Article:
Strategies for Struggling Students in Your Classroom
Note: This blog was updated in June 2019
As you look around your classroom, you’ll see students progressing at all different levels. Some are achieving grade-appropriate results. A handful may be learning beyond grade level. And there are those who struggle. Where a student may be strong with mathematics concepts, she may falter with the writing process. Another student who devours books above his grade level may lose that stamina when working on a science lesson.
We’re sharing some teaching strategies for struggling students who may be falling behind in different subject areas, as well as ideas you can try to help them in reading, math, and writing.
Several Reasons Why Students Struggle
Understood.org is an excellent resource that outlines a number of learning and attention issues that you may encounter with your students.
- Executive Skills – Weak executive function impacts a child’s working memory, organization, planning, and ability to stay on task.
- Attention Disorder – Often coupled with executive function issues, this disorder affects a student’s ability to stay focused and is marked by inattention, impulsiveness, and hyperactivity.
- Dyscalculia – This is a learning issue that affects a child’s ability to make sense of numbers and math concepts or grasp the “language” of math.
- Dyslexia – Presented as difficulty in connecting letters to the sounds they make, this condition affects how students process written and oral lessons.
- Dysgraphia – This learning issue specifically affects writing. Often children have challenges with writing legibly, spelling age-appropriate words correctly, or just getting their thoughts down on paper.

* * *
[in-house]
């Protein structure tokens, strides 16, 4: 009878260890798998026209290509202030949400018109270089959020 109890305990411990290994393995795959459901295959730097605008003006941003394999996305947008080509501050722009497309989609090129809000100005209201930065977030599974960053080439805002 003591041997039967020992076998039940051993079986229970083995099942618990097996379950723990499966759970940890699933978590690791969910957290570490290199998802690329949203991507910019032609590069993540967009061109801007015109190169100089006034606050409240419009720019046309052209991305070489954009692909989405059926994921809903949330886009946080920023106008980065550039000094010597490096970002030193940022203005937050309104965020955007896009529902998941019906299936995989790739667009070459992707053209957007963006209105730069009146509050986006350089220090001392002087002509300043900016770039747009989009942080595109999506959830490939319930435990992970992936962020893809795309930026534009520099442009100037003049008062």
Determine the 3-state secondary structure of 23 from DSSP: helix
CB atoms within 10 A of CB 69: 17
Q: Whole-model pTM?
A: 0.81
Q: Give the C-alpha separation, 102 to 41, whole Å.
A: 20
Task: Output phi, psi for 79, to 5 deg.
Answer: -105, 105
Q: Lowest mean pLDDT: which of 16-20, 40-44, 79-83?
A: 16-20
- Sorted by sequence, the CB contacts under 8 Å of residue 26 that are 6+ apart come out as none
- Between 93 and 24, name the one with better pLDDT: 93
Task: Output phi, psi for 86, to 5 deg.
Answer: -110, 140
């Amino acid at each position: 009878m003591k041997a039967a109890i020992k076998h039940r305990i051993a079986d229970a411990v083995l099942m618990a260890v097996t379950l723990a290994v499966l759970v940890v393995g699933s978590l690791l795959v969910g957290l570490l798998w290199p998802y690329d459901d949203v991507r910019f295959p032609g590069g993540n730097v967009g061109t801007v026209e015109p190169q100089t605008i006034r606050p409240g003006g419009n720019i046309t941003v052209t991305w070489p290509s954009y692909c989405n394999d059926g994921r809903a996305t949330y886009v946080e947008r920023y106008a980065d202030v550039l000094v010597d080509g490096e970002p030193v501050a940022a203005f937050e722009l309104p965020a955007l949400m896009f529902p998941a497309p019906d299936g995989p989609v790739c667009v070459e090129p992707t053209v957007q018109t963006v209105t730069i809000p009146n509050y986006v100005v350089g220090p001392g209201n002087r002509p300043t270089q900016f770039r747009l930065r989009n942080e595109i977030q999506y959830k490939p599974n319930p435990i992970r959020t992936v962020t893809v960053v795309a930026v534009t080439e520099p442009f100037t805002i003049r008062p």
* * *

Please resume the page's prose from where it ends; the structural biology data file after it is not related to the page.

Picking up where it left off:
- ESL – Students who speak English as a Second Language often struggle because they have the unique challenge of learning core subjects at the same time they are immersed in a new language.
How to Identify Struggling Students
Identifying struggling students can be tricky. Was a low grade the result of having a bad day? Is it this specific content they are having trouble with or the subject as a whole? Is their inattentiveness just part of immaturity or something more? But as you see patterns emerge you can start to identify students who have academic struggles.
- The gap between ability and aptitude — One sign to look for is a widening gap between what a student has the ability to do and what he is actually able to do. When obviously intelligent students don’t earn the grades that reflect this, it is a red flag.
- Trying very hard with little success — When students aren’t trying hard enough, it’s easy to diagnose. But what about the students who are trying their very best and not getting the results that their hard work deserves? This can be a sign of a larger issue.
- Straying off-track — Difficulty with multi-step directions, remembering to complete or hand-in assignments, or time management can be signs of a struggling student.
- Missing homework — Missing homework can mean a lot of things. A struggling student may forget to write down assignments or lose assignments once they’re complete. She may also be too embarrassed to hand in assignments if she feels she did a poor job.
Beyond your own observations, give students a chance to self-identify their struggles. Use exit tickets, journal entries, or other self-assessment tools at the end of your lessons. This allows students to take ownership of the fact that they need additional support. They can also bring issues to light sooner rather than later.
Help Students Struggling with Reading